But they got out of deep Lolo Trail snow after they reached Rocky Point (directly across from here) and descended to Crooked Fork, below this turnout.
They reported that then they “ascended a very steep acclivity of a mountain about 2 . . . — — Map (db m109787) HM
On their westbound journey, Lewis and Clark crossed here, September 15, 1805 after camping 4 miles upstream at Powell.
Their Shoshoni guide had brought them down an old trail from Lolo Pass to a Lochsa fishery he knew about. To continue west, . . . — — Map (db m109782) HM
Many changes have occurred since the time Lewis and Clark used this route in the early 1800’s.
The mountains you see around you are now shared by the U.S. Forest Service and the Plum Creek Timber Company.
Each owns alternate sections of land . . . — — Map (db m109789) HM
The Lewis and Clark party crossed this pass Sept. 13, 1805, westbound for the Pacific after a long detour to the south.
From the headwaters of the Missouri they had crossed the mountains to the Salmon. Finding that river impassable, they traded . . . — — Map (db m27120) HM
Early prospectors, fanning south from Pierce – Idaho’s first gold camp – came unexpectedly upon rich ground in August 1861.
Their secret leaked, golden rumors started an eager rush that fall, and winter famine followed.
Next spring, . . . — — Map (db m109650) HM
Big nozzles, called “hydraulic giants,” shot powerful streams of water against a pre-historic river bed (now the bank of the stream) to expose and wash down gold-bearing gravel, which then was sluiced to recover the gold.
This . . . — — Map (db m109642) HM
In 1862, a noted Western scout, Mose Milner, started Mount Idaho on his gold rush trail.
But when civic leaders resisted farm efforts to organize a grange there in 1874, Grangeville grew up as a better located town. Although Mount Idaho . . . — — Map (db m121317) HM
Over eleven thousand years ago, groups of Native Americans started the long history of land use in this area. The Nez Perce Tribe carried on the rich tradition of hunting, fishing, and gathering food, herbs and wood. Mountain men and early explorers . . . — — Map (db m119353) HM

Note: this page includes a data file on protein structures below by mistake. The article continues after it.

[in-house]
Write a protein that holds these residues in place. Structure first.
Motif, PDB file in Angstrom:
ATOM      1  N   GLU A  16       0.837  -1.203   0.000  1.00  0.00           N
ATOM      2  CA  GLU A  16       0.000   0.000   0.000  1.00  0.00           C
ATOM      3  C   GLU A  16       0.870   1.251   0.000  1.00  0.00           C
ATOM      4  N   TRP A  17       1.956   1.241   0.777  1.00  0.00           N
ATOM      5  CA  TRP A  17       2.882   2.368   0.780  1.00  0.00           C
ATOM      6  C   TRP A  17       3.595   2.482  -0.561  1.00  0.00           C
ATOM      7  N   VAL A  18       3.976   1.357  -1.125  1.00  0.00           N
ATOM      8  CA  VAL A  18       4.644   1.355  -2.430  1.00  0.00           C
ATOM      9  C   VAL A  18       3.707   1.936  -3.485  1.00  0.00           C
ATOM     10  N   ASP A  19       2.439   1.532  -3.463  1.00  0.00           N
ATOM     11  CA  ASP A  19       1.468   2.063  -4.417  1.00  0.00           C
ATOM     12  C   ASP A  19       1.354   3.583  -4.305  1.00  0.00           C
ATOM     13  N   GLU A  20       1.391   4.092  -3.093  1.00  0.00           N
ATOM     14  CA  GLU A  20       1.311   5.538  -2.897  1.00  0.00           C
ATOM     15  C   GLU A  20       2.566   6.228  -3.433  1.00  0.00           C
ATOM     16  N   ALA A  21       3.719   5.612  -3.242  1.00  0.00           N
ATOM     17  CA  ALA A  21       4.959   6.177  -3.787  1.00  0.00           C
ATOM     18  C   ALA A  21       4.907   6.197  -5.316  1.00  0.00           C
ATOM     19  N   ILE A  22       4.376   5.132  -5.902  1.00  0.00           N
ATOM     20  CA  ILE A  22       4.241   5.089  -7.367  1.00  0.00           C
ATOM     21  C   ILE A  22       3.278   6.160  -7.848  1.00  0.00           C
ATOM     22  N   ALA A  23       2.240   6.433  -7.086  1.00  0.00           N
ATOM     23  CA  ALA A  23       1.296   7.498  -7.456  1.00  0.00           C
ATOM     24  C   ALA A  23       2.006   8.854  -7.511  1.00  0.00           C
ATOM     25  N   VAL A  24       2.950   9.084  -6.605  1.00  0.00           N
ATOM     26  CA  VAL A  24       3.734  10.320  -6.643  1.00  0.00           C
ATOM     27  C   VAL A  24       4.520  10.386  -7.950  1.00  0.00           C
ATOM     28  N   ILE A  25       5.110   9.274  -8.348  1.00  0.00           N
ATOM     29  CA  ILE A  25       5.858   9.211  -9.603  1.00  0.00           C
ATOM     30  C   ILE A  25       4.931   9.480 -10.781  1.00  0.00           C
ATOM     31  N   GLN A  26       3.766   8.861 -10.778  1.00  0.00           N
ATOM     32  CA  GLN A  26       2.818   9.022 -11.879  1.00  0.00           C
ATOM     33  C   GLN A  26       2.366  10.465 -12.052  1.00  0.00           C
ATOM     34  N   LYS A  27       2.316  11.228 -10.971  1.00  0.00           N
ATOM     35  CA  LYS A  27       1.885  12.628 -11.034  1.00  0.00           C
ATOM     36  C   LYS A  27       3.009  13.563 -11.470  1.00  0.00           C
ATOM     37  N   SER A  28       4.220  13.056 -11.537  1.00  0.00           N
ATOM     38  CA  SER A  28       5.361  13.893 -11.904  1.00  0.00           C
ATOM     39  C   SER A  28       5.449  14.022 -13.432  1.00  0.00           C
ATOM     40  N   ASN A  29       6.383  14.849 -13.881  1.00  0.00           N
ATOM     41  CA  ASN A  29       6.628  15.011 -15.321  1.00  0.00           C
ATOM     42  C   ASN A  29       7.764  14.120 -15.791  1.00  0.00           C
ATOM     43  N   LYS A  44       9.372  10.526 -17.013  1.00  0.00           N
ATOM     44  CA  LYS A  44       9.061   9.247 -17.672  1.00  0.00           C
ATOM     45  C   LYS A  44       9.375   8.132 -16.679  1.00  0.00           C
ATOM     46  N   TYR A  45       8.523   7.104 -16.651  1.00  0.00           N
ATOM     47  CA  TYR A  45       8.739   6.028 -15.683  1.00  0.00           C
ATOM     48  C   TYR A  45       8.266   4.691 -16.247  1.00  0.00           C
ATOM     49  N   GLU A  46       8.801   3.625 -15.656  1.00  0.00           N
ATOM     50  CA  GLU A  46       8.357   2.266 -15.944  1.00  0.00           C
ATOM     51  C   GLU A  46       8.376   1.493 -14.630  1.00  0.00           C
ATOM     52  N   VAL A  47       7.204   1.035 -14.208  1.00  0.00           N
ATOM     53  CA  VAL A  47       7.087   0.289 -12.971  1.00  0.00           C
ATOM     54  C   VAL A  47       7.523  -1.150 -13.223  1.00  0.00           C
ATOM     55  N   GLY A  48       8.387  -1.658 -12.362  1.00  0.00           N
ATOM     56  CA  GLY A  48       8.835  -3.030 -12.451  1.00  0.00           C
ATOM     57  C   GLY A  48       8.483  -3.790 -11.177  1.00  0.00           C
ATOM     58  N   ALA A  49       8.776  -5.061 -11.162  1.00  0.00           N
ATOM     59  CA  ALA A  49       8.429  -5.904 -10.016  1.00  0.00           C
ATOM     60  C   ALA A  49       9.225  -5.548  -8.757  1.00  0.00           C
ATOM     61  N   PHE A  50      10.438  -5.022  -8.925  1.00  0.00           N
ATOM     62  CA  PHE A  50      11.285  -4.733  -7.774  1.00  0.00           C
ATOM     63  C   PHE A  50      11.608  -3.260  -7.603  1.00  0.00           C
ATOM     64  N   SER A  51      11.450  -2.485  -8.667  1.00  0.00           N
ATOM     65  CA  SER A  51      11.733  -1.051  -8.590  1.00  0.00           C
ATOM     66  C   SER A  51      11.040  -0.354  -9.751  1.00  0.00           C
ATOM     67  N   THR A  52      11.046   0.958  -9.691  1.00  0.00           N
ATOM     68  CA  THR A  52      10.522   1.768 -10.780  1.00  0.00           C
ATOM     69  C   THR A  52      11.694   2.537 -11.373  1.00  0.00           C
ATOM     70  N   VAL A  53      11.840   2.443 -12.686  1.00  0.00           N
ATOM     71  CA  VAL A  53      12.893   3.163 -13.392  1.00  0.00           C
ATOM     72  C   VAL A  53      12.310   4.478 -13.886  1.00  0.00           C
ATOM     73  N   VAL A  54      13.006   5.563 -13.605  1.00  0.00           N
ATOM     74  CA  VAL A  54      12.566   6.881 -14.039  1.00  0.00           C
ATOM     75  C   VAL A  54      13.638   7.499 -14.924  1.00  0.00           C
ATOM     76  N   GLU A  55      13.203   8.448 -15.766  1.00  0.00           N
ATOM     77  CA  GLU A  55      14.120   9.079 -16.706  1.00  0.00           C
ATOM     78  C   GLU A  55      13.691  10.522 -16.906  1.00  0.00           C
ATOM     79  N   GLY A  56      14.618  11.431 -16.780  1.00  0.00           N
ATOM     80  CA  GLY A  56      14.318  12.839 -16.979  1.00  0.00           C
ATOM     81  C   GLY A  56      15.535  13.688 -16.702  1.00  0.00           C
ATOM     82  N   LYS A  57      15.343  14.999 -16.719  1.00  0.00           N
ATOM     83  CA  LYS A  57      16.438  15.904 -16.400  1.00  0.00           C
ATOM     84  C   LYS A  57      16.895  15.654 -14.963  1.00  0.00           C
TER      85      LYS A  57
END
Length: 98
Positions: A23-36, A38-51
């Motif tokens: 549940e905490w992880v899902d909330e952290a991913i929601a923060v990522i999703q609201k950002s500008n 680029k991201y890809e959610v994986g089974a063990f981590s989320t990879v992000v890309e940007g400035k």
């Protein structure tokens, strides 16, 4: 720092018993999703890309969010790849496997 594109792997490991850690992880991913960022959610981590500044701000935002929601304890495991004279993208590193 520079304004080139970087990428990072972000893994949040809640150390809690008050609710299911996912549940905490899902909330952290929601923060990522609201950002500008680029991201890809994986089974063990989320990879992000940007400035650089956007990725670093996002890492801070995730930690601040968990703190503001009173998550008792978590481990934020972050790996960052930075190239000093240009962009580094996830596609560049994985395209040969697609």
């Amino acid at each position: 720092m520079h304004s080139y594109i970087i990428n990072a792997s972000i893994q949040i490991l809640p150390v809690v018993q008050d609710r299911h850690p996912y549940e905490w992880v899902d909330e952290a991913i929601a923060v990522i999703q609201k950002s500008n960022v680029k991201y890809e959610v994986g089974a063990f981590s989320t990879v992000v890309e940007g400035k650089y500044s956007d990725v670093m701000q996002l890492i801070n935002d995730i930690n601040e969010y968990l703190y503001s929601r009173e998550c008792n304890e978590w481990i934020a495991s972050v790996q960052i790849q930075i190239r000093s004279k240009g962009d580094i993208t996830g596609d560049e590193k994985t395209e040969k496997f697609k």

Early settler Charlie Clay, who operated a sheep ranch at Berg Creek, needed a better way to get his sheep across the river to the shearing plant located at the confluence of the Little Salmon and Salmon rivers. If the weather was bad or he felt . . . — — Map (db m119360) HM
Riggins’ first store was opened in 1897 by George Curtis, a storekeeper from nearby Lucile. Curtis converted Riggins’ first saloon into a much needed general store.
In 1903, Maggie Clay Rhoades and her sister, Carrie Belle Clay, hired carpenter . . . — — Map (db m119447) HM
First School (photo upper left)
The area’s first school opened its door in 1894 on a flat near the river in north Riggins. The small log cabin, with few windows and a fireplace, served as the classroom for fourteen students in grades . . . — — Map (db m119448) HM
Before the wagon road from White Bird to Meadows was completed in 1903, travelers endured a trecherous (sic) and roundabout overland journey. Seeing the need for a faster and more direct route, the enterprising J.J. Goff offered ferry service across . . . — — Map (db m119414) HM
Before recorded history, the area we know as Riggins was on the west coast of the North American Continent. Thousands of miles to the west was the Pacific Plate, covered by ocean with only a few high points rising above the water. This plate was . . . — — Map (db m119411) HM
If trees could talk, the big locust standing guard near the corner of Salmon Street might tell us all the details of the famous Gouge-Eye fight. It seems that Homer Levander and Big Markham got into a fight over comely Daisy Trumbull. According to . . . — — Map (db m119358) HM
There were no formal churches in Riggins until the 1930s, but the early pioneers have always gathered together to worship. Jim Aitken, and other early homesteaders, often met in the schoolhouse to teach Sunday School from lesson plans taken from the . . . — — Map (db m119450) HM
Before you stands the north tower of the original Manning Crevice Bridge. The original bridge was located approximately 14 miles up on the Big Salmon Road. A new bridge was built and opened in 2018.
HISTORY: The Crevice Bridge was first . . . — — Map (db m119429) HM